This is a novel to be read in one go.  A charming narrative, coherent in its construction, with a well finished depiction of character and a plot which takes unexpected turns.  It keeps the reader in constant suspense.

Georgos Georgis – Diavazo (monthly literary review)  – September 2009

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Read an Excerpt

Chapter 2 • Vita Nuova

Dimitri was an admirer of Cavafy. But he was not particularly inspired by the poet’s dictum in the poem, “Do What You Can”, during that particular summer. Since he could not live his life as he wished, what did it matter if he cheapened it by “too much contact with the crowd, too much posturing and idle chatter”. It was not that he had given in to his father, at least not in the beginning. As far as he was concerned, he would do anything but give in. But since he was not naturally violent or rebellious, he had adopted a method of passive resistance.

Dimitri had not the strength openly to contest the parameters that his father set him. But without stepping beyond them, he could interpret the rules that had been imposed upon him in his own way. His father could marry Jenny as much as he liked, but Dimitri would never think of her as his mother. His heart was full of memories of Eleni, and a longing for Maria. He would spend time with Johnny and Laeta, but only to make use of their social circle so as not to feel a stranger when he went to the English School. His real friends would always be Paris, Iason and Nikos, Evdoxia, Aspasia, Christina, and even little Fanny – whether he was able to see them or not – and never ever Johnny and Laeta with their pretentious Cypriot friends. He would go to the English School, but his school would always be the Pancypriot. Dimitri kept these and other similar decisions well hidden. His real thoughts and real loves he would keep to himself.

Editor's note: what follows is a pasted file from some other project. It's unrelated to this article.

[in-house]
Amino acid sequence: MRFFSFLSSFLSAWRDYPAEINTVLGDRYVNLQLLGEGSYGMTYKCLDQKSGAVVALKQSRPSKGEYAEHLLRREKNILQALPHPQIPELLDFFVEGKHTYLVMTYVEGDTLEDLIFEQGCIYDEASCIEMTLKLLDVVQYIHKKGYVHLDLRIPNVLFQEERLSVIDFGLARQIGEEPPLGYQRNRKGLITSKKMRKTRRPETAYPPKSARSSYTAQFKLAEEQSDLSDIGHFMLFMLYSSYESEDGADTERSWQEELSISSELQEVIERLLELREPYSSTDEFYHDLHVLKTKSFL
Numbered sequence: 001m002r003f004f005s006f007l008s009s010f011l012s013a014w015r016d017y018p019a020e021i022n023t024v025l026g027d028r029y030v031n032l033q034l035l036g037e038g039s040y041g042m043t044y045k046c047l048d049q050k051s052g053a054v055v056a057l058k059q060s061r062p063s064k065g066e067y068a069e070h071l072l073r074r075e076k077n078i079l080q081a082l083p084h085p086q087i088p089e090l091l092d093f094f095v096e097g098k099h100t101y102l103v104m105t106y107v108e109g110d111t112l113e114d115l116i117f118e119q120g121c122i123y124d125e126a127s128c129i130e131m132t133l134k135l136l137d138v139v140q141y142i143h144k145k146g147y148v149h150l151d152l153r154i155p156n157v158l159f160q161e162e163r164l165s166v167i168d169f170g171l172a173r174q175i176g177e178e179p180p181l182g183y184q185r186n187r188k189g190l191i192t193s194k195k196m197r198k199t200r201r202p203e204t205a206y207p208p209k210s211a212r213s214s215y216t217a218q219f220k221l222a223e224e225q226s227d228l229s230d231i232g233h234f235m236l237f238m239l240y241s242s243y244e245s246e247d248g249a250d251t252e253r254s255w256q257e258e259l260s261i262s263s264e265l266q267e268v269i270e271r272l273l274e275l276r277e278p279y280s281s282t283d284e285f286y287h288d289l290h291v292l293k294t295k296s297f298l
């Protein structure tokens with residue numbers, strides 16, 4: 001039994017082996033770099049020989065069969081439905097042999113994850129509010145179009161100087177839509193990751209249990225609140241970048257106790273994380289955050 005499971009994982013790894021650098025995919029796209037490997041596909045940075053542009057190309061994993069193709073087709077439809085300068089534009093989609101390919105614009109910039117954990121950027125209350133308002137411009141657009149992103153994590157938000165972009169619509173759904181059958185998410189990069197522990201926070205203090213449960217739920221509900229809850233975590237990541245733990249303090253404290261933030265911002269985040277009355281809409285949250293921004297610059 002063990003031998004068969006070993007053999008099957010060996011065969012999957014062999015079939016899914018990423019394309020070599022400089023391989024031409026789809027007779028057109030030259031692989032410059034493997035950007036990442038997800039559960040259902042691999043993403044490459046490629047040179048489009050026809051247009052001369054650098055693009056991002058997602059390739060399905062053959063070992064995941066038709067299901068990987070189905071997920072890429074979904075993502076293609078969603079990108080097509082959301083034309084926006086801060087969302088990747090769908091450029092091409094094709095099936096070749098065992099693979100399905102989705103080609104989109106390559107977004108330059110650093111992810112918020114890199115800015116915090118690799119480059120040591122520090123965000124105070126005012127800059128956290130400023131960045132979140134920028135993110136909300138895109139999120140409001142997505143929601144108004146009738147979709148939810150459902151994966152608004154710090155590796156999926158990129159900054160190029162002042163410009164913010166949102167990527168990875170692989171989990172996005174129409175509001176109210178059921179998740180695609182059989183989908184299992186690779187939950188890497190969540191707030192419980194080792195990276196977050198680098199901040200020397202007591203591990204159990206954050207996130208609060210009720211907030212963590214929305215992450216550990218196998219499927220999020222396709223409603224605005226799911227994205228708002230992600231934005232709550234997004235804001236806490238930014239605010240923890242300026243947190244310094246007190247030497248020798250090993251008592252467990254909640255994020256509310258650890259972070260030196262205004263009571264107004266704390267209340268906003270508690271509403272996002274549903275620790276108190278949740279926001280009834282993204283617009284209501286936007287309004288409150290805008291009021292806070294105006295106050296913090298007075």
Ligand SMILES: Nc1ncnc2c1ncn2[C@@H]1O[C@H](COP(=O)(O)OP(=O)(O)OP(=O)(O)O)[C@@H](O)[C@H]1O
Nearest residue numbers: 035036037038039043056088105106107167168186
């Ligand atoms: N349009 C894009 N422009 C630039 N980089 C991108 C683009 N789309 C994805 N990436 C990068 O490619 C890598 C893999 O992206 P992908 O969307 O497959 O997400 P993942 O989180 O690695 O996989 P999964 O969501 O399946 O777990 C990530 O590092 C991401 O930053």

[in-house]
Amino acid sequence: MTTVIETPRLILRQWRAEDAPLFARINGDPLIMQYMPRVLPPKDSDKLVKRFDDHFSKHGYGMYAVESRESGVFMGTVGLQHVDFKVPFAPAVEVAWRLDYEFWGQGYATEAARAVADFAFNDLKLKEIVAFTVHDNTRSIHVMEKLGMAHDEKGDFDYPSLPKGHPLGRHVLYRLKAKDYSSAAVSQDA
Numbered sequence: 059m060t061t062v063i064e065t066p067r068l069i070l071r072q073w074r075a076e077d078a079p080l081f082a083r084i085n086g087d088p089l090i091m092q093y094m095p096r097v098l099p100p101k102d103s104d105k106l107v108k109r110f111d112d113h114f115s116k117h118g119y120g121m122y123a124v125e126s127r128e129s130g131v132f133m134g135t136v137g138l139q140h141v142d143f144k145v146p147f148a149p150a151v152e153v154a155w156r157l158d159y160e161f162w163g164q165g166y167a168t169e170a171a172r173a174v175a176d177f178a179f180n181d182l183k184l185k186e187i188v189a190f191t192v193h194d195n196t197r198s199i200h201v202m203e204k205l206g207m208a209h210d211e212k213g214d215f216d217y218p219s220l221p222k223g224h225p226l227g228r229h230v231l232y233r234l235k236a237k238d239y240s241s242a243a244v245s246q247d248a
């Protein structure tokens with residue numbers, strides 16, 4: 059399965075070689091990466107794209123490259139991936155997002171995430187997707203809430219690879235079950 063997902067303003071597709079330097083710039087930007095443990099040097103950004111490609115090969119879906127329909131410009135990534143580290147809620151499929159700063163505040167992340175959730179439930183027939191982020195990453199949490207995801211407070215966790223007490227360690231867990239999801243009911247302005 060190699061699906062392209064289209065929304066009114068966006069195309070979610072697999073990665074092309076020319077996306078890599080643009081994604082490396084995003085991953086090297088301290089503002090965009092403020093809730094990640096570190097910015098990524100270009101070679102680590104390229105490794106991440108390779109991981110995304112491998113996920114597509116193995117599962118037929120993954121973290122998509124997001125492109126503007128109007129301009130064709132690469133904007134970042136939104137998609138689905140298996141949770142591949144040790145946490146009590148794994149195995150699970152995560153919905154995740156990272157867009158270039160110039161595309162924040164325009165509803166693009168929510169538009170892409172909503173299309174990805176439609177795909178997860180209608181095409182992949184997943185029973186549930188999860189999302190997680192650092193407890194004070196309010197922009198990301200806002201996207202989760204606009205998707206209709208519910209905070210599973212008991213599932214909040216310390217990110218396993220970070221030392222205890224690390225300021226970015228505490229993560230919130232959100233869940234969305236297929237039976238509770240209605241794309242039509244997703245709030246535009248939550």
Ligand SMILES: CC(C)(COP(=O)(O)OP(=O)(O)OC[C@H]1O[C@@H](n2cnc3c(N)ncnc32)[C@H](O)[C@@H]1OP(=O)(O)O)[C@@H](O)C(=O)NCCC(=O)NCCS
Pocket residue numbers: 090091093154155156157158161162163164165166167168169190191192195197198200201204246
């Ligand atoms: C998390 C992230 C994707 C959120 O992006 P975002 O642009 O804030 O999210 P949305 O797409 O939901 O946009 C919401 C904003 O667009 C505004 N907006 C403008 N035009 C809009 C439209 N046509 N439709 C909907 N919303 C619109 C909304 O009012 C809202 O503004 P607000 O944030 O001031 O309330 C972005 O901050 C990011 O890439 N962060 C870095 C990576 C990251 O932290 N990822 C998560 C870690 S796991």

That summer, a party of young English people, a rare exception to the relics of the British Empire residing there, had sought refuge at The Dome from the furnace which was the capital in summer; meanwhile their parents worked on in their various government offices or businesses in Nicosia. Almost all the young people had come on holiday from England, where they were boarders in private schools. Only one of them went to the English School in Nicosia, in the class below Johnny. Since Dimitri was condemned to associate with anyone other than his real friends, he preferred the genuine British article to its Cypriot replica. But unfortunately he would still have to make use of the children of the Cypriot contractor in order to gain an entrée to the English at the hotel.

Dimitri’s earlier dealings with English people of his own age had not left him with a good impression. He had been just four or five years old, it had been during the war, and they were waiting for the house they had bought to be refurbished. His parents had temporarily rented the basement of a large villa, in the neighbourhood of Ayios Andreas. An English major with his wife and son lived on the floor above them. Dimitri was full of admiration for the black nameplate on the door, with a royal British crest and the name of its distinguished tenant fixed onto the garden gate. The major wore brown polished boots, a thin blond moustache, and carried a stick under his arm: all equally impressive to Dimitri.